Have you ever been hurt by the actions or words of someone at work? Nearly everyone has, including me.
Perhaps a business partner was caught stealing money, a colleague falsely accused you of something, or your CEO decided to "go off" and name names at that now infamous all-hands-on-deck meeting.
Anger, bitterness, anxiety or even vengeance are common behaviors that come with being thrown under the bus. But if these feelings linger and persist, it can have devastating consequences for the one holding the grudge.
So what do you do? How do you cope? At the risk of sounding like I'm behind a pulpit on Sunday morning (wait for it...), embracing forgiveness is your best hope to get you through and get your peace back.
Hear me out.
It's Good for The Workplace, Says Research
Forgiveness is rarely discussed or formally embedded into the corporate culture. But it should be.
New research has been published about the positive impact of forgiveness to potentially improve well-being and productivity in the workplace.
In one study involving more than 200 employees from both office and manufacturing jobs, forgiveness was "linked to increased productivity, decreased absenteeism (fewer days missing work), and fewer mental and physical health problems, such as sadness and headaches."
As Greater Good reports, this new research is important because it raises our awareness about potential outcomes when the people we work with hold on to negative feelings after a conflict. If they can't cope by forgiving, you can expect the likelihood of disengagement, a lack of collaboration, and aggressive behavior.
When we learn and master this virtuous practice as an organizational value, forgiveness can be an effective way to restore trust and set things right with colleagues and bosses alike so you're running on all cylinders again.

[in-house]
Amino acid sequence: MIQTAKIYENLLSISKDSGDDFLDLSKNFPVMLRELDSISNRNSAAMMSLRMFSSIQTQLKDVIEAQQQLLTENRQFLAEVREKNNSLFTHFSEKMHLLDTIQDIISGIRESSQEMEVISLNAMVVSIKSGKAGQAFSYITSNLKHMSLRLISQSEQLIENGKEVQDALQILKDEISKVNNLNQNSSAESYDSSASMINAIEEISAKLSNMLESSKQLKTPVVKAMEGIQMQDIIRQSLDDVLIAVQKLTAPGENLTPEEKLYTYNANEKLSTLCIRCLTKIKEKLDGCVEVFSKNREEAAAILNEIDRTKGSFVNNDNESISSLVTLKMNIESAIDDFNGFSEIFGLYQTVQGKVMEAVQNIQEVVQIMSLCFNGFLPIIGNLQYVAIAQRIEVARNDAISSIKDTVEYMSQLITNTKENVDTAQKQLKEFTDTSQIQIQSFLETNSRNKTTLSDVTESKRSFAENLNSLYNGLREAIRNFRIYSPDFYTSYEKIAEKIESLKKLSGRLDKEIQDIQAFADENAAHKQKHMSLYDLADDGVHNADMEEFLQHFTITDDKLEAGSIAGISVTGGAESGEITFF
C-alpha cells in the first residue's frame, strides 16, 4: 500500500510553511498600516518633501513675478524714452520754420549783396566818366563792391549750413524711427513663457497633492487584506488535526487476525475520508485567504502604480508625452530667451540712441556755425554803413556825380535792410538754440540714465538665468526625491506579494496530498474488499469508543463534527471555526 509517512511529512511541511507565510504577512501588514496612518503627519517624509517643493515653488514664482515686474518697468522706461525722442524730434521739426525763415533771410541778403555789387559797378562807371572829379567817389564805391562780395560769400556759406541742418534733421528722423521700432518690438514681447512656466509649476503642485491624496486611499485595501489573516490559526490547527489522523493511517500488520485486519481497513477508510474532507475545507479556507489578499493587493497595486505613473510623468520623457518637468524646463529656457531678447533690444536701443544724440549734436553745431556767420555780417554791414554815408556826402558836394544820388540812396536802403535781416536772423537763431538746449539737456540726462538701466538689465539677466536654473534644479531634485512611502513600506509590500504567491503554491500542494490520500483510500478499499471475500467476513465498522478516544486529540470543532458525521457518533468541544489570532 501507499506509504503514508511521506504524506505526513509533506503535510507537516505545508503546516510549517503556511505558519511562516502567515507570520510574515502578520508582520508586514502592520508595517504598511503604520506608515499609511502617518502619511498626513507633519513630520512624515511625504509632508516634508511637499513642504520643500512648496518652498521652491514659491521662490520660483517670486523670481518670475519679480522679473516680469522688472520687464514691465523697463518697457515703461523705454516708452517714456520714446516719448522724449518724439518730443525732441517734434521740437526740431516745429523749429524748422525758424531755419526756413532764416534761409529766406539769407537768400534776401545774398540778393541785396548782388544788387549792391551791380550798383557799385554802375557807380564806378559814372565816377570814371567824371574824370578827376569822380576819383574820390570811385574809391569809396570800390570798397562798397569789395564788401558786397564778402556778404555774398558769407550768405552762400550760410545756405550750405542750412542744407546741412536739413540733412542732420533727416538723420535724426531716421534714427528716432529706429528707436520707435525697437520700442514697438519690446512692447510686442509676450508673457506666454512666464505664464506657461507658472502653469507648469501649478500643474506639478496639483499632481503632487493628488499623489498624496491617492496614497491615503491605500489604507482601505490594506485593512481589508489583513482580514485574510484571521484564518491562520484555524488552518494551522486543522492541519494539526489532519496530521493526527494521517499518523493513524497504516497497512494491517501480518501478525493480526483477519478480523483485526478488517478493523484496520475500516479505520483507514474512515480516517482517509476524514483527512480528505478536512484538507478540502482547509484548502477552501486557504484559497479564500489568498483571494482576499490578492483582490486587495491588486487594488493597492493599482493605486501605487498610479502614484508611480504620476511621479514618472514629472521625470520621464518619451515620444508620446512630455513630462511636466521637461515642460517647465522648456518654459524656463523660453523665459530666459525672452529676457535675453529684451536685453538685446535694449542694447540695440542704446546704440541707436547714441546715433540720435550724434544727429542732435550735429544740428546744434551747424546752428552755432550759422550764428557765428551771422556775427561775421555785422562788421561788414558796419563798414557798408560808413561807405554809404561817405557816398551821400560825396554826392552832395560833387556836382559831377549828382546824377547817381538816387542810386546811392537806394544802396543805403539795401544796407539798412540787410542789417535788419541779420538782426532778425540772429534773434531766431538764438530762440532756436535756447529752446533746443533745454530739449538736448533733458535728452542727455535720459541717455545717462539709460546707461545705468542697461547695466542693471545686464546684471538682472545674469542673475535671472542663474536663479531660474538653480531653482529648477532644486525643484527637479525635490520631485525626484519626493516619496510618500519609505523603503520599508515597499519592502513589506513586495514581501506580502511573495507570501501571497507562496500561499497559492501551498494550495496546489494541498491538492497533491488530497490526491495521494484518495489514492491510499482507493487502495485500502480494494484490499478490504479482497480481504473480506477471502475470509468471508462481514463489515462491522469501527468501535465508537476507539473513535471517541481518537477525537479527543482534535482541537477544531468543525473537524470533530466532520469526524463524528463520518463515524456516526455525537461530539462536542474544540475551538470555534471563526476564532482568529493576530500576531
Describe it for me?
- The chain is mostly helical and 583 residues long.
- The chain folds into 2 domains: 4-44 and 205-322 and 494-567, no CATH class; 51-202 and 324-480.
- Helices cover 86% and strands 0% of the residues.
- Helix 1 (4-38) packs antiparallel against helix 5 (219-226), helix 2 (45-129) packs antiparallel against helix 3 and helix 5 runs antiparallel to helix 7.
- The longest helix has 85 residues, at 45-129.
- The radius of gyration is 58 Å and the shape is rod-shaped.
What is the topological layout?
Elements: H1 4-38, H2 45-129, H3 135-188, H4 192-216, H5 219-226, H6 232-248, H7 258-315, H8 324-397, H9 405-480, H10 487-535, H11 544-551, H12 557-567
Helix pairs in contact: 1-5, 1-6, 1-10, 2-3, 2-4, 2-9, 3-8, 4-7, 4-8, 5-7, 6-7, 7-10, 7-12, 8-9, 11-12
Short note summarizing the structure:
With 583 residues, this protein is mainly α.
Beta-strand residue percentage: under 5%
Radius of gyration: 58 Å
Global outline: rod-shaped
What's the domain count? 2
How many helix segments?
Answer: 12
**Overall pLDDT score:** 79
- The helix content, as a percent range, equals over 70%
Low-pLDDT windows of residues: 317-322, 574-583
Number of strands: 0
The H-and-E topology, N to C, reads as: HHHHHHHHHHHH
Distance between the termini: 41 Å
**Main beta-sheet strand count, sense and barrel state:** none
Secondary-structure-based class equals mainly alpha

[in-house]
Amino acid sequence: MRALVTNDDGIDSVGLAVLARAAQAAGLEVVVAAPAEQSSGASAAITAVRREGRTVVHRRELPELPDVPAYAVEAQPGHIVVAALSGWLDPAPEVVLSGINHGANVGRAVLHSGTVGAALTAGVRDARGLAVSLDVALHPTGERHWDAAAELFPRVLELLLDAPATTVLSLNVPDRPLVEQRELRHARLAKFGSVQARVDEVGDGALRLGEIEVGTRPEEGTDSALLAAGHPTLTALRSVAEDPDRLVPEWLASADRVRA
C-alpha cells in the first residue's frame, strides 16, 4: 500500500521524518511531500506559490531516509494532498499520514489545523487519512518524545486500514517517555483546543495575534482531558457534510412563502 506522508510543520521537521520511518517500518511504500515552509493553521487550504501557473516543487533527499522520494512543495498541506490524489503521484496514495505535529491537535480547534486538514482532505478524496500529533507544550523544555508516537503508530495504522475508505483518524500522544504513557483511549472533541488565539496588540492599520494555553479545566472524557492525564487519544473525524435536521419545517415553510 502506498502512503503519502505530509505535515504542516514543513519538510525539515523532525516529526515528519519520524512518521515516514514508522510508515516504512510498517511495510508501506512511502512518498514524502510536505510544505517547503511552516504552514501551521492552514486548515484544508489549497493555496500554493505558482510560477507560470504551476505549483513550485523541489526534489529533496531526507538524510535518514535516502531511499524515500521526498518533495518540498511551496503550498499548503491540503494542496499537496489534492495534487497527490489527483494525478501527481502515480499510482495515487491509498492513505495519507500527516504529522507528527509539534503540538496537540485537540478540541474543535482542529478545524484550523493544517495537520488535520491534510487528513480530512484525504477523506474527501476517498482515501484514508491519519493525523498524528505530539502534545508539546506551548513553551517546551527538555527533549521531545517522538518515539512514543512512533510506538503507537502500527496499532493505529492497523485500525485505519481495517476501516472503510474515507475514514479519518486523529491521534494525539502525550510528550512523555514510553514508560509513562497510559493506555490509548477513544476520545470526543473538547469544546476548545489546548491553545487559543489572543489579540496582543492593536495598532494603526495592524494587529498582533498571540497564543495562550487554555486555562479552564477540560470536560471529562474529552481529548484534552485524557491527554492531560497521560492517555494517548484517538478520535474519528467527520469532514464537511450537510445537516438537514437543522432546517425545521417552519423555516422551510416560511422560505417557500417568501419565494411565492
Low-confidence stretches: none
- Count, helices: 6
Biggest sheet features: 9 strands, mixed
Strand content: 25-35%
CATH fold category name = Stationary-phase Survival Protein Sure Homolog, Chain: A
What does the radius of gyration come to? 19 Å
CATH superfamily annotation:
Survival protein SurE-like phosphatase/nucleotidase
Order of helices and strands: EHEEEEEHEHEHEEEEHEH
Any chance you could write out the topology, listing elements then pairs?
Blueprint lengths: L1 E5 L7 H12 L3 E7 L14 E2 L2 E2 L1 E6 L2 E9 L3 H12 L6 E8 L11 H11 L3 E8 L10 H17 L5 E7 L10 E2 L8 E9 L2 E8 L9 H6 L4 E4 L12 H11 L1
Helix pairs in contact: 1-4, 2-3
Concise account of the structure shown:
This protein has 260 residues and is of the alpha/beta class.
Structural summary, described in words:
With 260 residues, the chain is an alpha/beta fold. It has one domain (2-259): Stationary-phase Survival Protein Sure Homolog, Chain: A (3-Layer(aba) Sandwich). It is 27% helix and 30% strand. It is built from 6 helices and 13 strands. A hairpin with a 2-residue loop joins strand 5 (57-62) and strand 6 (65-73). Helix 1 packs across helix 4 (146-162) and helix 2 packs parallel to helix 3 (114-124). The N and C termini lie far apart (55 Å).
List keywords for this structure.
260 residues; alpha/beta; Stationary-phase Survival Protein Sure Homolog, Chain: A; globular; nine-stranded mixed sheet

Forgiveness also extends outwardly to impact others not involved in the conflict. When colleagues observe others practicing forgiveness, research says it often "fosters positive emotions that can improve decision-making, cognitive functioning, and the quality of relationships."
If You Choose Not to Forgive...
But I just can't forgive him for what he has done to me. I just can't let him get away with that! you might say. Well, if those are the emotions you're harboring, it's like drinking poison and expecting the other person to get sick.
In the end, by allowing the one causing you pain to rent space inside your head, you're the one who will be tormented daily. The person who inflicted pain on you will never feel your unforgiveness.
The damage this will do to you is manifested in suppressed anger and emotional withdrawal on your part, causing unnecessary stress and conflict on your colleagues.
Lets be honest, to forgive another person takes an incredible amount of courage to just "let it go." And it's not an intellectual formality; it has to come from the heart.
Because in forgiving, what we're doing is really choosing to release our need to control. We basically have the faith to say "this is no longer my problem."
So today, I ask you: What do you need to hand over and surrender? Who do you need to forgive?